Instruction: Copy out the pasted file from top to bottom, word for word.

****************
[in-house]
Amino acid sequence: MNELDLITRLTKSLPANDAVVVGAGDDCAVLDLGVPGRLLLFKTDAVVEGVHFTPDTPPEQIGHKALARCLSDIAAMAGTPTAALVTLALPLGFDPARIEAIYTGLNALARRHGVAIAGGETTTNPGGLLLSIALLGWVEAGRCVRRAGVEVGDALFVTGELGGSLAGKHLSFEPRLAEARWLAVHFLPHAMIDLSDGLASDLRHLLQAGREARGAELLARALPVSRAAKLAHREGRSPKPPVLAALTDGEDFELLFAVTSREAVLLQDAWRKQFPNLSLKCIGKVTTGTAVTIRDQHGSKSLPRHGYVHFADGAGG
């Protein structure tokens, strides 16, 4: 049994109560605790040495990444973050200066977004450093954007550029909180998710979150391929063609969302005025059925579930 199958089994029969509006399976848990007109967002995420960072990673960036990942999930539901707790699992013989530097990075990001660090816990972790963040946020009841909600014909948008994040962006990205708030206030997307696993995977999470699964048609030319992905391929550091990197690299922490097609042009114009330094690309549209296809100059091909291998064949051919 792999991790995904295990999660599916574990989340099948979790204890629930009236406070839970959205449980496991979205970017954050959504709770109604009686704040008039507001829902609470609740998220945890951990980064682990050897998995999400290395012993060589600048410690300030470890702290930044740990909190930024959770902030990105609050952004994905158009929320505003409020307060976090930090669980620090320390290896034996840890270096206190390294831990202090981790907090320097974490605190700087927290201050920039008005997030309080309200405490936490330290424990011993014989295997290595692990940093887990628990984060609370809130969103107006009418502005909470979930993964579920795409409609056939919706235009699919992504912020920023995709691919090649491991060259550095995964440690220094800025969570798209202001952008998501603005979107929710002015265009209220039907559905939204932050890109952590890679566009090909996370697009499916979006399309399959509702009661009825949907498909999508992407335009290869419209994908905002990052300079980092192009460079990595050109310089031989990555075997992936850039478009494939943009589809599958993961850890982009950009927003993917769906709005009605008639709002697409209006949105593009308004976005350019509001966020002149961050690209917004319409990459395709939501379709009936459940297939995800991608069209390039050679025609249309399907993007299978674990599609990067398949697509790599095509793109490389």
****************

[in-house]
Amino acid sequence: MNELDLITRLTKSLPANDAVVVGAGDDCAVLDLGVPGRLLLFKTDAVVEGVHFTPDTPPEQIGHKALARCLSDIAAMAGTPTAALVTLALPLGFDPARIEAIYTGLNALARRHGVAIAGGETTTNPGGLLLSIALLGWVEAGRCVRRAGVEVGDALFVTGELGGSLAGKHLSFEPRLAEARWLAVHFLPHAMIDLSDGLASDLRHLLQAGREARGAELLARALPVSRAAKLAHREGRSPKPPVLAALTDGEDFELLFAVTSREAVLLQDAWRKQFPNLSLKCIGKVTTGTAVTIRDQHGSKSLPRHGYVHFADGAGG
């Protein structure tokens, strides 16, 4: 049994109560605790040495990444973050200066977004450093954007550029909180998710979150391929063609969302005025059925579930 199958089994029969509006399976848990007109967002995420960072990673960036990942999930539901707790699992013989530097990075990001660090816990972790963040946020009841909600014909948008994040962006990205708030206030997307696993995977999470699964048609030319992905391929550091990197690299922490097609042009114009330094690309549209296809100059091909291998064949051919 792999991790995904295990999660599916574990989340099948979790204890629930009236406070839970959205449980496991979205970017954050959504709770109604009686704040008039507001829902609470609740998220945890951990980064682990050897998995999400290395012993060589600048410690300030470890702290930044740990909190930024959770902030990105609050952004994905158009929320505003409020307060976090930090669980620090320390290896034996840890270096206190390294831990202090981790907090320097974490605190700087927290201050920039008005997030309080309200405490936490330290424990011993014989295997290595692990940093887990628990984060609370809130969103107006009418502005909470979930993964579920795409409609056939919706235009699919992504912020920023995709691919090649491991060259550095995964440690220094800025969570798209202001952008998501603005979107929710002015265009209220039907559905939204932050890109952590890679566009090909996370697009499916979006399309399959509702009661009825949907498909999508992407335009290869419209994908905002990052300079980092192009460079990595050109310089031989990555075997992936850039478009494939943009589809599958993961850890982009950009927003993917769906709005009605008639709002697409209006949105593009308004976005350019509001966020002149961050690209917004319409990459395709939501379709009936459940297939995800991608069209390039050679025609249309399907993007299978674990599609990067398949697509790599095509793109490389």